Friday, June 6, 2014
Is an automobile manufacturer obligated to reimburse sales and use taxes (IVU) levied on repair parts used by the dealer in warranty repairs and maintenance services?
The case at hand, Autogermana, Inc. v. BMW of North America, 2014 WL 2159557 (D.P.R. May 23, 2014)(BJM), involves interesting issues of contract interpretation in the context of claims for impairment of contract under Law 75. Does a refusal to reimburse the dealer for IVU taxes impair contractually-acquired rights, the litmus test for an impairment claim under Law 75? Navigating the waters of the Civil Code, the canons at issue include: “contract terms are clear when lucid enough to be understood in one sense alone…”; “where a contract is ambiguous or silent on an issue, the intent of the parties at the time of contracting controls”; “the terms of a contract should be read as a whole…”; and where a contract dispute centers on the intent of the parties, summary judgment is disfavored but not precluded.
In 2006, Puerto Rico enacted the IVU of 5.5% for the Commonwealth and 1.5% for the municipalities. Under a closing agreement with the Treasury, Autogermana, a BMW dealer, paid to the Treasury over $728,000 in back IVU taxes for parts used in repairs and maintenance services between 2006 and 2010. Autogermana reached a similar agreement with the Municipality of San Juan and paid over $74,000. While BMW reimbursed Autogermana for IVU taxes prospectively after 2010, it refused to reimburse it for the prior years. And a lot of money was at stake.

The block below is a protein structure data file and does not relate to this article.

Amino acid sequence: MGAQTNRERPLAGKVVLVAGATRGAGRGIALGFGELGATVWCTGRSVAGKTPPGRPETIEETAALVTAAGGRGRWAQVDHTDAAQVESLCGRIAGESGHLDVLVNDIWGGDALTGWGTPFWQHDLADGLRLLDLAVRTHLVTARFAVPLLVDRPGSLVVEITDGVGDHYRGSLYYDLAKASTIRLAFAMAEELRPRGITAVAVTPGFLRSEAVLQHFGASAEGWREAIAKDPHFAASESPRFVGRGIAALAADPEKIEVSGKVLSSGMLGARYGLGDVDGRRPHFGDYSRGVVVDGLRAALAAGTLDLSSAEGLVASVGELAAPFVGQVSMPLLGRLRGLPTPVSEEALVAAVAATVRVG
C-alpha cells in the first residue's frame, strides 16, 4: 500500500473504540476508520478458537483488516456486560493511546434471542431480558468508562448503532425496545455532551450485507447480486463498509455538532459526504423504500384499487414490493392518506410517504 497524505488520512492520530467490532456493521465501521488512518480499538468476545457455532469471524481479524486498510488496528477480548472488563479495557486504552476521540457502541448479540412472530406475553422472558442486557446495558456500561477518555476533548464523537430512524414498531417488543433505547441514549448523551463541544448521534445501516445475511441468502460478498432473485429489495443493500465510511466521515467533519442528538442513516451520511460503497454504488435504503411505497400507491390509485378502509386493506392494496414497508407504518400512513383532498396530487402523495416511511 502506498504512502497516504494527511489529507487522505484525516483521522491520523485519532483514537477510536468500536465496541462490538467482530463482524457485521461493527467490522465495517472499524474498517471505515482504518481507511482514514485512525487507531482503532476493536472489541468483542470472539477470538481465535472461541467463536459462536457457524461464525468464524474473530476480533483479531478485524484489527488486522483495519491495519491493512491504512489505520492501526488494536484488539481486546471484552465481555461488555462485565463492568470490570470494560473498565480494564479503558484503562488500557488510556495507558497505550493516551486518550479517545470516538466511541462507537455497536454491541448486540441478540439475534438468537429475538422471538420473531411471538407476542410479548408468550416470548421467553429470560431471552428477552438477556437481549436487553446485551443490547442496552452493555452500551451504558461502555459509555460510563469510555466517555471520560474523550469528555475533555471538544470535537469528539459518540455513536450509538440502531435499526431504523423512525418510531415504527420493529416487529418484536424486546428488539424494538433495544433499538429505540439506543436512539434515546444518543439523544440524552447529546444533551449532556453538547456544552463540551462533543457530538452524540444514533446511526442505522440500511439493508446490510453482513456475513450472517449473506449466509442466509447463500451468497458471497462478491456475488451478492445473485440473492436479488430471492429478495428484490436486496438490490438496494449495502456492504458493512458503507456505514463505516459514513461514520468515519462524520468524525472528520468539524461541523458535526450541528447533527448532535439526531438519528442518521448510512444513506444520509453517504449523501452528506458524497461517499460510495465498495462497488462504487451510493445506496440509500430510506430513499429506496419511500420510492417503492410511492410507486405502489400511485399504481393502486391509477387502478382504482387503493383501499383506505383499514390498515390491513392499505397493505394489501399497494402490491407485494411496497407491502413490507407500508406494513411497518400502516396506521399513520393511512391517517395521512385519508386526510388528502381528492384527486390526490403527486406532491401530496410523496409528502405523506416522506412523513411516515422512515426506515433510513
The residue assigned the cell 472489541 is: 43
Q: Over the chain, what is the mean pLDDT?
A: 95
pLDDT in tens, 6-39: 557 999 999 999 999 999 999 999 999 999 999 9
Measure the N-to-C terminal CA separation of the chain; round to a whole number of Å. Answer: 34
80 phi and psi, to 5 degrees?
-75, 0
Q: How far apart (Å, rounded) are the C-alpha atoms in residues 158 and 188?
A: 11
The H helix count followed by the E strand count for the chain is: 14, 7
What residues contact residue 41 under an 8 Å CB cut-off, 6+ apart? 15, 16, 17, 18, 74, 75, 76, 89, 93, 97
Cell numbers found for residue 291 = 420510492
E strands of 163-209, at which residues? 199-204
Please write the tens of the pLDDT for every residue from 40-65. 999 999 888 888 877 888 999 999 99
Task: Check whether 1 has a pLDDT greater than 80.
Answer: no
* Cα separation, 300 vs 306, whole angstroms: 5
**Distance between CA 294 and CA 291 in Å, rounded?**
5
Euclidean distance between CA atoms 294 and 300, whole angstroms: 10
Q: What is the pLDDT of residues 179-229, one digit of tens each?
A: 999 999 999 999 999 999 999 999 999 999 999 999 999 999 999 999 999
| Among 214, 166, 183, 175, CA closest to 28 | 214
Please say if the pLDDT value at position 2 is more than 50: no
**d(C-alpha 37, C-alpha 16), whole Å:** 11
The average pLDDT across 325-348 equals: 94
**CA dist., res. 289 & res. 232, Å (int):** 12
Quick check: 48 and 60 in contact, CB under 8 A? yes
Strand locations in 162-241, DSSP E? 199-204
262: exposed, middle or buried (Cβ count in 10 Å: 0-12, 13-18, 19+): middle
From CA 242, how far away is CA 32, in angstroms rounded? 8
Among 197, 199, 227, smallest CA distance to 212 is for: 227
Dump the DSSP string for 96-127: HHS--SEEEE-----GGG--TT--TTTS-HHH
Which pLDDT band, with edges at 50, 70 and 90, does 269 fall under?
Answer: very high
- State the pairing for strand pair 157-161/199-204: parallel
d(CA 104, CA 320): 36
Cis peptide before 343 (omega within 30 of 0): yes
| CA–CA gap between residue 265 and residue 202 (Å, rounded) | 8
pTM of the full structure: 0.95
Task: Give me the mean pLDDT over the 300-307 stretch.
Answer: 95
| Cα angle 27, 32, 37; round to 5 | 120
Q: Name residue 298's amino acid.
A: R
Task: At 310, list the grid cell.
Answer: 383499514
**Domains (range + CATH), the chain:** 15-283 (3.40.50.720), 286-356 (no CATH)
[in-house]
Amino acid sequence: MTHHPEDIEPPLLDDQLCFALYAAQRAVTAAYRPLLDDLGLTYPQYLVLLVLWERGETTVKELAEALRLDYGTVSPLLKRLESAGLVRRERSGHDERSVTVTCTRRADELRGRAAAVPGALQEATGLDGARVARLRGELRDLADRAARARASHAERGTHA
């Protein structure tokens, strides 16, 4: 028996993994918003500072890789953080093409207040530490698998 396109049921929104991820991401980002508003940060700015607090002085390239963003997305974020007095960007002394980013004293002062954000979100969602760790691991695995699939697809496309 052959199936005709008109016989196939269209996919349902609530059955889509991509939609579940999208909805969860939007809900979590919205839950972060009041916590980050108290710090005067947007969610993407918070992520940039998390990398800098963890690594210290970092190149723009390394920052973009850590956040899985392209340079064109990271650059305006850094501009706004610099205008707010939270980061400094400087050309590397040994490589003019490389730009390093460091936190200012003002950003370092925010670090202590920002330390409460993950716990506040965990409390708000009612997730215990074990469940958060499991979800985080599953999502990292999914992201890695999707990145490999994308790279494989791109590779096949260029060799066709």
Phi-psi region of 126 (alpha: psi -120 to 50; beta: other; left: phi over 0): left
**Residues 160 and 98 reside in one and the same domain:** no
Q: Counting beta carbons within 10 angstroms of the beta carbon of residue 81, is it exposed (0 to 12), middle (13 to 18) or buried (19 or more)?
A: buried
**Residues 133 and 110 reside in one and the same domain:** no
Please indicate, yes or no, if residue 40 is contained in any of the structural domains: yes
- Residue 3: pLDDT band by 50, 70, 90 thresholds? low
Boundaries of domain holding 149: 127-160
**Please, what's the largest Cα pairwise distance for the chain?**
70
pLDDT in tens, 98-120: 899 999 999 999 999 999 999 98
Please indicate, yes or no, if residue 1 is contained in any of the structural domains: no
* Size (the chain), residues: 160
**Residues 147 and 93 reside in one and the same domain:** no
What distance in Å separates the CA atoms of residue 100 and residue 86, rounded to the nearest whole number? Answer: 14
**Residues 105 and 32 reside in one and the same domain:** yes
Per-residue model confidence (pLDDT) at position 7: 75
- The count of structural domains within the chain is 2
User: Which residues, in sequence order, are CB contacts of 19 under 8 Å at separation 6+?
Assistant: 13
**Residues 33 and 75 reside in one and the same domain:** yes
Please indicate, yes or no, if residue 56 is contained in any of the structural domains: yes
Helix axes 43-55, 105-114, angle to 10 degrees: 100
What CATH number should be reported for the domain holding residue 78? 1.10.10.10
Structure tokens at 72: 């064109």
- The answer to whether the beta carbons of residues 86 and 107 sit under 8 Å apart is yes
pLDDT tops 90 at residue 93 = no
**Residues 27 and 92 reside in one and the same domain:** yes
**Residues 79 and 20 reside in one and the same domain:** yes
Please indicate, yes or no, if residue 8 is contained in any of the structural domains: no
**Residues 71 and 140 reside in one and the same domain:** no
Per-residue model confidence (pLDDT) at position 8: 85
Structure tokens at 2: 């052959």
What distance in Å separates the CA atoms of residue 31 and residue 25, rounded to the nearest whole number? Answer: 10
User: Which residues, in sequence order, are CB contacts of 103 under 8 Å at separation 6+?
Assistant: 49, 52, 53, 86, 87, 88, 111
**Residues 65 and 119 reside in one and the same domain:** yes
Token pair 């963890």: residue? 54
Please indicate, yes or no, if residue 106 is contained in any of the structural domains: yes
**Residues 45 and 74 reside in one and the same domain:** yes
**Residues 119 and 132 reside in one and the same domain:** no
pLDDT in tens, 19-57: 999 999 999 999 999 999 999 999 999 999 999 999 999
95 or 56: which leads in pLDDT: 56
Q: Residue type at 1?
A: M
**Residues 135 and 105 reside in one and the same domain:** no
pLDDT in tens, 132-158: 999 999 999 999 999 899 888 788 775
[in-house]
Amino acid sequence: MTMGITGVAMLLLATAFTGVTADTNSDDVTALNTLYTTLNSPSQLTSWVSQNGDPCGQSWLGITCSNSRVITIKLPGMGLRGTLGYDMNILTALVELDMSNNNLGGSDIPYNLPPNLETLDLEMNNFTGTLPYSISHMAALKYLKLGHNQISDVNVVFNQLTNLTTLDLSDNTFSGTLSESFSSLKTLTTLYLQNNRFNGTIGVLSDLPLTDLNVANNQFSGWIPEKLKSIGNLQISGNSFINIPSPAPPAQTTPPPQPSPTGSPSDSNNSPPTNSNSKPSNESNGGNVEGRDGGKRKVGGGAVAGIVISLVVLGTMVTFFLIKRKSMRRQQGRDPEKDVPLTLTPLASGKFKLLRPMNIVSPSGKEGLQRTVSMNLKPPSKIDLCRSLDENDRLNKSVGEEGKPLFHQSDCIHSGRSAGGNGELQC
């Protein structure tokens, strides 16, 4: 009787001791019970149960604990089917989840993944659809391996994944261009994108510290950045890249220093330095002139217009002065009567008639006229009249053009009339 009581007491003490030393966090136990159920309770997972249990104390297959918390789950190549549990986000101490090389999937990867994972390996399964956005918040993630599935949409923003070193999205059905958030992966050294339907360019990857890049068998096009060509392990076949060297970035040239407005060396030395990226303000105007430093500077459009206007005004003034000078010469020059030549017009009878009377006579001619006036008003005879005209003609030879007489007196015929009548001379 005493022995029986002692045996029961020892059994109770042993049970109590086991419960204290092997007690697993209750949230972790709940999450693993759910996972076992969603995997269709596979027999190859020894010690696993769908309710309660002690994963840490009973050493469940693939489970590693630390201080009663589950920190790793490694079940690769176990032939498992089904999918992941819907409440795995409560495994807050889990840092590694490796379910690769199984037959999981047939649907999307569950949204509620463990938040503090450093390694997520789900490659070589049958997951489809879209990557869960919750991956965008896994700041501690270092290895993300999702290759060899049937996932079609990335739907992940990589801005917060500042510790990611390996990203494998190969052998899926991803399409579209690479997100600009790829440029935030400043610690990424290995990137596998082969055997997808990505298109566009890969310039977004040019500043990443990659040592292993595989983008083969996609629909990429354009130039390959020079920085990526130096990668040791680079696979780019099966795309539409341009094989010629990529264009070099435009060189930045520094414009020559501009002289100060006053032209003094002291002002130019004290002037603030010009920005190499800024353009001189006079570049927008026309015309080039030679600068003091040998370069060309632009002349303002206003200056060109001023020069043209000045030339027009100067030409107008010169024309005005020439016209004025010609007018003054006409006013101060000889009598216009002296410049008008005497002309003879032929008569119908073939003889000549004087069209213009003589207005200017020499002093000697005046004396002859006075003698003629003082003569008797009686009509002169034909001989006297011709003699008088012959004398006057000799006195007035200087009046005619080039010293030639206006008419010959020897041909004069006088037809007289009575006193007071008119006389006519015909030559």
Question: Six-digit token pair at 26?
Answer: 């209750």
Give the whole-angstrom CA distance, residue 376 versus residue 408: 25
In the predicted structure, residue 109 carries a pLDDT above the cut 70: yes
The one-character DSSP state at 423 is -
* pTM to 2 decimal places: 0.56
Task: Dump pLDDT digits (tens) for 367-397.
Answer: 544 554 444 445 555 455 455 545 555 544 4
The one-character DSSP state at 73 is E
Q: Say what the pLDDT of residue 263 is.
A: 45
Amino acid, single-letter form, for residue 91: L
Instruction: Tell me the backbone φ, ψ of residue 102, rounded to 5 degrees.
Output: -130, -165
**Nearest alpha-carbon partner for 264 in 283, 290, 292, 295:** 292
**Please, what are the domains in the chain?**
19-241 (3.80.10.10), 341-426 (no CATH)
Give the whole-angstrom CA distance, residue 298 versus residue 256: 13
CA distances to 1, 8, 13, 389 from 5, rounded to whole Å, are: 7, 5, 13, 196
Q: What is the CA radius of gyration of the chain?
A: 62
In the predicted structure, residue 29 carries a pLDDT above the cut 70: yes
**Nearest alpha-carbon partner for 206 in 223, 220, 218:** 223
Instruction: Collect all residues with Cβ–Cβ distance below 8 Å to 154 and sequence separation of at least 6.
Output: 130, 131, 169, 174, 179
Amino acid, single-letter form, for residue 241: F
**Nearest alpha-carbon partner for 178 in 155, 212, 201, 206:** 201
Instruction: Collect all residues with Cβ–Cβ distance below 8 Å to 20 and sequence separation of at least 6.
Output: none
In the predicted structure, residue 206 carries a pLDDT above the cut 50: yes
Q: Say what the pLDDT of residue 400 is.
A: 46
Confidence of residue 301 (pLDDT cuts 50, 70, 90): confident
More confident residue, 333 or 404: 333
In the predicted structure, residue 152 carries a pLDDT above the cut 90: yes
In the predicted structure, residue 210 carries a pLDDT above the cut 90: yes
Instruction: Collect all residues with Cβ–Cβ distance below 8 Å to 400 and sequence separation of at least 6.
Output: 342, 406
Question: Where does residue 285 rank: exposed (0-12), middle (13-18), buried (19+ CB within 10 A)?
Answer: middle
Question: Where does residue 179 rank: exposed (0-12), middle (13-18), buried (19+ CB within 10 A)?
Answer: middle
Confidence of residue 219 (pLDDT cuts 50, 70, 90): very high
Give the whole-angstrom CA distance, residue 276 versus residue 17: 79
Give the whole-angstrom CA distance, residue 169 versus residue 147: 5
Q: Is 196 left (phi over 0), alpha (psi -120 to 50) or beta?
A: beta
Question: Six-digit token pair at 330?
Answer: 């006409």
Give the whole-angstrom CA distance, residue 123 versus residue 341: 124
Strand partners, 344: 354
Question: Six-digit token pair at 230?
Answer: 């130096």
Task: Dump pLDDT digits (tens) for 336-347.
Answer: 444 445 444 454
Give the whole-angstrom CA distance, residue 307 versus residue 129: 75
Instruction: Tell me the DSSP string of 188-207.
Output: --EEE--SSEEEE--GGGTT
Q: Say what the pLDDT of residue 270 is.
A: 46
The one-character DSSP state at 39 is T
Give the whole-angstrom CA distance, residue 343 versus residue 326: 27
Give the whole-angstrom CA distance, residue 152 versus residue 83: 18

That’s where the contractual documents come into play and the Court found competing and conflicting inferences that preclude summary judgment. For the dealer’s benefit, the manufacturer’s reimbursement policies provide that dealers are entitled to recover reasonable and justified costs associated with warranty repairs. The Court found an ambiguity as to whether the parties intended to reimburse IVU taxes on parts used for repairs and maintenance. For the manufacturer’s benefit, the documents provide that dealers receive a 40% handling charge (reimbursement or payment) for parts and warranty repairs and this reasonably could be meant to include sales and use taxes; and the IVU was not contemplated as a specific reimbursable item. The solution? Let the jury decide.
For its part, BMW moved for summary judgment relying on a quasi-statute of limitations in the contract for submitting warranty claims within a specific time frame, provisions that the Court also found to be ambiguous. The Court found ambiguity as to when the 30 day deadline began to run to submit the claim. If it was from the date of actually incurring the expense, as opposed to the last repair, then a jury could reasonably find that the 30 day period was not a bar because the claim accrued in 2011 with the closing agreement and by then, BMW had been on notice of the claim. All motions for summary judgment were, therefore, denied.